Skeeters launch new league next week

By Joe Southern | Special to the Katy Times
Posted 7/2/20

From concept to competition, the Sugar Land Skeeters have created a four-team league in just four weeks that is set to play professional baseball on Friday, July 10.

The Constellation Energy …

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Skeeters launch new league next week


From concept to competition, the Sugar Land Skeeters have created a four-team league in just four weeks that is set to play professional baseball on Friday, July 10.

The Constellation Energy League was set to start this Friday, but on Monday was postponed a week due to COVID-19 concerns.

“Due to the rapid rise in COVID-19 cases over the last two weeks, and based on advice from our medical advisors, we believe it is prudent to delay the start of the season one week,” said Skeeters owner Kevin Zlotnik said in a news release. “This is not a decision our organization entered into lightly. We have spent weeks meticulously preparing for the schedule we had initially set forth and we look forward to a successful season. But our overriding priority is the safety of our players, fans and staff.”

A revised schedule for the Constellation Energy League will be made soon.

“We’ve received all the approvals to open this weekend and remain confident in our safety protocols, but saw no downside in delaying one week,” Zlotnik continued. “We look forward to seeing everyone on July 10 and in the meantime encourage our friends and fans to follow the safety guidelines set forth by our local officials.”

Each of the four teams in the Constellation Energy League were set to play 28 games for a total of 56 games prior to the postponement. All games will be played in Sugar Land at Constellation Field.

Skeeters manager Pete Incaviglia, the father-son duo of Roger and Koby Clemens, former Major Leaguer Greg Swindell, and former MLB pitching coach and former Major Leaguer Dave Eiland will coach the teams. The league will feature a mix of former Major League and Minor League players.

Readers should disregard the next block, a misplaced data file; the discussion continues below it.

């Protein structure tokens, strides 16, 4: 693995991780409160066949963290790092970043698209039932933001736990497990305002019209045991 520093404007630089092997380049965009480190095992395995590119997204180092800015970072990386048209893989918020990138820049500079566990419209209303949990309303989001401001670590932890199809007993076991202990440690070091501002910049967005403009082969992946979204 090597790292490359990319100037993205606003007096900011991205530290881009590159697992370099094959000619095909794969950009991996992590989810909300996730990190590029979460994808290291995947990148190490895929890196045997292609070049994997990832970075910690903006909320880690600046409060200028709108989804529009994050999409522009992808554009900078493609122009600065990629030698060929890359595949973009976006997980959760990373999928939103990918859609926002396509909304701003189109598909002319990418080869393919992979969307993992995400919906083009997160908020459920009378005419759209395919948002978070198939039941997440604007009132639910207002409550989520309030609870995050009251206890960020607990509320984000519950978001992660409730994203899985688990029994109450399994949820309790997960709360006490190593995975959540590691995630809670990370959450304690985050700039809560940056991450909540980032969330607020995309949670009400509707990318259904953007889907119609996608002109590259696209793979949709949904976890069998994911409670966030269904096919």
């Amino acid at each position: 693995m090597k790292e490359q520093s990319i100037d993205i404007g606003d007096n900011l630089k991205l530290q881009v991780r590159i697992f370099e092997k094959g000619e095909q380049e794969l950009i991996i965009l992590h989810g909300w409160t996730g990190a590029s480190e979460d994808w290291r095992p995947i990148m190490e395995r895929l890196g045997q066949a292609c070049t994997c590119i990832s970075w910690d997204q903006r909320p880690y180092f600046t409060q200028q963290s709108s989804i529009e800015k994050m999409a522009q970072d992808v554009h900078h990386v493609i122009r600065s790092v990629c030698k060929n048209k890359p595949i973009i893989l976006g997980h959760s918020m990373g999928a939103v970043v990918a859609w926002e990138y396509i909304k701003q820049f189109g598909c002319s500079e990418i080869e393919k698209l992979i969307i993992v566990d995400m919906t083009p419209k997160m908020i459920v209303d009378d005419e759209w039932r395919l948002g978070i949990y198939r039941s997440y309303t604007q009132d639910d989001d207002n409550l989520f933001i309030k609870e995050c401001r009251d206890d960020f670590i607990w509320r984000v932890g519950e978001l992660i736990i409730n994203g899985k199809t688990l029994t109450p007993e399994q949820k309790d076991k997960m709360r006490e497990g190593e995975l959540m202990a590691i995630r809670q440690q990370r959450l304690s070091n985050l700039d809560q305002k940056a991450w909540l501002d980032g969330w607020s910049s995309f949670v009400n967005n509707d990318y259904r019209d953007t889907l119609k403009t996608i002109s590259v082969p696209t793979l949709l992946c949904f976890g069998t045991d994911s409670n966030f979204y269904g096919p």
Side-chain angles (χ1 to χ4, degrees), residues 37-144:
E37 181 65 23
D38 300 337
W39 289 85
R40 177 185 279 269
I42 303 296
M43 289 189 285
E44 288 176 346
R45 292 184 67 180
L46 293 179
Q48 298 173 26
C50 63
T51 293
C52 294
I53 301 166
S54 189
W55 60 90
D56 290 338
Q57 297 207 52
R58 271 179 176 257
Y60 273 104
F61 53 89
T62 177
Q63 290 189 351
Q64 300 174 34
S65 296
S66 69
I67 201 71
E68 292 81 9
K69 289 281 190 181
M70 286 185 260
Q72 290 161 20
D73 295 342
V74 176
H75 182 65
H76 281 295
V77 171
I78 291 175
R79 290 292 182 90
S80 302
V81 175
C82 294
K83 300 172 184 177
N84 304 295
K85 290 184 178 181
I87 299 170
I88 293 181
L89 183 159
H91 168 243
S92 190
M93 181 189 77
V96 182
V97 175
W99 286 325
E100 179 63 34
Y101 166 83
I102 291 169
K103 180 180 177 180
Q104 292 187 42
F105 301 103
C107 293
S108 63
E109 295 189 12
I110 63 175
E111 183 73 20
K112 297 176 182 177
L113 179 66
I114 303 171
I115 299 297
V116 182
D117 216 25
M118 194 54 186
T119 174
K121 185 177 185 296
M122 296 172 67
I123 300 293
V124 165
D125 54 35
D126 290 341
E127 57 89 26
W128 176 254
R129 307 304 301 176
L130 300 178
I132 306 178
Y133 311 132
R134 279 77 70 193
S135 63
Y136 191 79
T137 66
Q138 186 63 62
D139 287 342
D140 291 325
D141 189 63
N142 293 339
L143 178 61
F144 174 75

“This was originally (Roger Clemens) idea,” said Skeeters President Chris Hill.

Clemens, the former all-star with the Houston Astros, New York Yankees and Boston Red Sox, made two appearances with the Skeeters with his son during the inaugural 2012 season. He pitched the idea of the league to Hill, who ran with it.

“The idea was we couldn’t pull it off until Major League Baseball cut contracts with minor league players,” Hill said.

The league is designed to give players sidelined by the COVID-19 pandemic a chance to play and hone their skills.

“We’ve always prided ourselves on being an organization that gives players another chance,” Zlotnik said. “Given the unfortunate releases of hundreds of minor league players over the last few weeks, we realized there was a major need for a league like this. Already, we’ve received commitments from guys with great resumes, former Major Leaguers, former first-rounders, and high-caliber prospects. I know people are going to be really impressed with the quality of play.”

Hill said social distancing and other guidelines are going to put a limit on team interactions with the fans, meaning no autographs or baseballs thrown into the stands.

“This is far more about baseball than entertainment,” he said.

The teams

For two months the four teams will play each other with doubleheaders on weekends and Mondays off. The teams are Skeeters, coached by Incaviglia; Sugar Land Lightning Sloths, coached by Swindell; Texas, coached by Roger and Koby Clemens; and the Eastern Reyes el Tigre (Tiger Kings), coached by Eiland.

“Their mascot will be a tiger with a mullet,” Hill said.

Hill said the names were chosen based on the uniforms they had available. Naturally, they have plenty of uniforms that say Skeeters and Sugar Land. Their uniform provider had jerseys for Texas and ones that say Eastern on them.

“We couldn’t get uniforms turned around in time, so we have to make do with what we have,” Hill said.

If you go

Due to restrictions related to COVID-19, there will be limits on fans who attend the games. For starters, they will not be able to select specific seats. Ticketing agents will assign seats based on social distancing guidelines, though families will be able to sit together. There will be about 1,800 seats available for each game, compared to the regular capacity of 7,500 fans.

Fans will have to wear face covering while entering and exiting the ballpark, waking on the concourse, getting concessions or whenever social distancing is not possible.

There will be hand sanitizer stations at the gates for entry and exit into Constellation Field as well as other designated locations throughout the ballpark.

The cost of parking will be included with every ticket in order to limit contact between fans and Skeeters staff. 

The playground, splash pad, sport court, and inflatable area will not be open during games. The Bud Light Ice House, H-E-B Picnic Plaza, and Grassland will be open. 

“We’re trying to keep the experience as safe as we can make it,” Hill said. “We’ve gone above and beyond what the state, county, city, and Memorial Hermann officials have advised us to do. The safety of our fans, and the front office and the players and game day staff are of the utmost importance.”


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